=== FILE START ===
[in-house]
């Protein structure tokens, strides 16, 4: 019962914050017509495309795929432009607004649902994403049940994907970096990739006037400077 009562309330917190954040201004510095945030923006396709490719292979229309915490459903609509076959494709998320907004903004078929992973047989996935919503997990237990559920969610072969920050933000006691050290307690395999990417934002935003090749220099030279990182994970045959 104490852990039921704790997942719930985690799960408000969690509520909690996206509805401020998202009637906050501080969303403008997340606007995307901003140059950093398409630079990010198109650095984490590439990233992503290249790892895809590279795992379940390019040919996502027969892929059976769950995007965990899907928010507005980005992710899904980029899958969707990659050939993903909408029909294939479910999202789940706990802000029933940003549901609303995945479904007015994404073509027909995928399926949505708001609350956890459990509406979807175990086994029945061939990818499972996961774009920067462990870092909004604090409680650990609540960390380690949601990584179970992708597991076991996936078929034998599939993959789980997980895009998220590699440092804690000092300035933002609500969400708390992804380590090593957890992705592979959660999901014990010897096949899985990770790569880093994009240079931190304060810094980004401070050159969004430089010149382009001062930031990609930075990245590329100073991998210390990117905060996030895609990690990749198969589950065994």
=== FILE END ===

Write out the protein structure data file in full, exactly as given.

[in-house]
């Protein structure tokens, strides 16, 4: 019962914050017509495309795929432009607004649902994403049940994907970096990739006037400077 009562309330917190954040201004510095945030923006396709490719292979229309915490459903609509076959494709998320907004903004078929992973047989996935919503997990237990559920969610072969920050933000006691050290307690395999990417934002935003090749220099030279990182994970045959 104490852990039921704790997942719930985690799960408000969690509520909690996206509805401020998202009637906050501080969303403008997340606007995307901003140059950093398409630079990010198109650095984490590439990233992503290249790892895809590279795992379940390019040919996502027969892929059976769950995007965990899907928010507005980005992710899904980029899958969707990659050939993903909408029909294939479910999202789940706990802000029933940003549901609303995945479904007015994404073509027909995928399926949505708001609350956890459990509406979807175990086994029945061939990818499972996961774009920067462990870092909004604090409680650990609540960390380690949601990584179970992708597991076991996936078929034998599939993959789980997980895009998220590699440092804690000092300035933002609500969400708390992804380590090593957890992705592979959660999901014990010897096949899985990770790569880093994009240079931190304060810094980004401070050159969004430089010149382009001062930031990609930075990245590329100073991998210390990117905060996030895609990690990749198969589950065994």